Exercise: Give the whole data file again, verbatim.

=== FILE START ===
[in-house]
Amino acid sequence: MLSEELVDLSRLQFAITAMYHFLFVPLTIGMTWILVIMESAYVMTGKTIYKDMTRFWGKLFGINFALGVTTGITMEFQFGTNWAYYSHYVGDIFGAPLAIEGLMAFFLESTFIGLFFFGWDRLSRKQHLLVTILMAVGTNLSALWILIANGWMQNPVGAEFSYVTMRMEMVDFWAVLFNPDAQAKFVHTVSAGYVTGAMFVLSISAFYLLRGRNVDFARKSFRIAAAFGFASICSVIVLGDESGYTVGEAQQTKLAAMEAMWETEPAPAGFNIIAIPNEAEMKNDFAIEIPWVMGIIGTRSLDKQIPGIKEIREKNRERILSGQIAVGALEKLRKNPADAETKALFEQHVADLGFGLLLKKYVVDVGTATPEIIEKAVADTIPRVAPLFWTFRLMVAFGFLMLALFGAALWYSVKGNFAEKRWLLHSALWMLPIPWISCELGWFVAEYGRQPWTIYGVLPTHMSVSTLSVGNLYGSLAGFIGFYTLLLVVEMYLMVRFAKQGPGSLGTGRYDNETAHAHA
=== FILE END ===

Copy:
[in-house]
Amino acid sequence: MLSEELVDLSRLQFAITAMYHFLFVPLTIGMTWILVIMESAYVMTGKTIYKDMTRFWGKLFGINFALGVTTGITMEFQFGTNWAYYSHYVGDIFGAPLAIEGLMAFFLESTFIGLFFFGWDRLSRKQHLLVTILMAVGTNLSALWILIANGWMQNPVGAEFSYVTMRMEMVDFWAVLFNPDAQAKFVHTVSAGYVTGAMFVLSISAFYLLRGRNVDFARKSFRIAAAFGFASICSVIVLGDESGYTVGEAQQTKLAAMEAMWETEPAPAGFNIIAIPNEAEMKNDFAIEIPWVMGIIGTRSLDKQIPGIKEIREKNRERILSGQIAVGALEKLRKNPADAETKALFEQHVADLGFGLLLKKYVVDVGTATPEIIEKAVADTIPRVAPLFWTFRLMVAFGFLMLALFGAALWYSVKGNFAEKRWLLHSALWMLPIPWISCELGWFVAEYGRQPWTIYGVLPTHMSVSTLSVGNLYGSLAGFIGFYTLLLVVEMYLMVRFAKQGPGSLGTGRYDNETAHAHA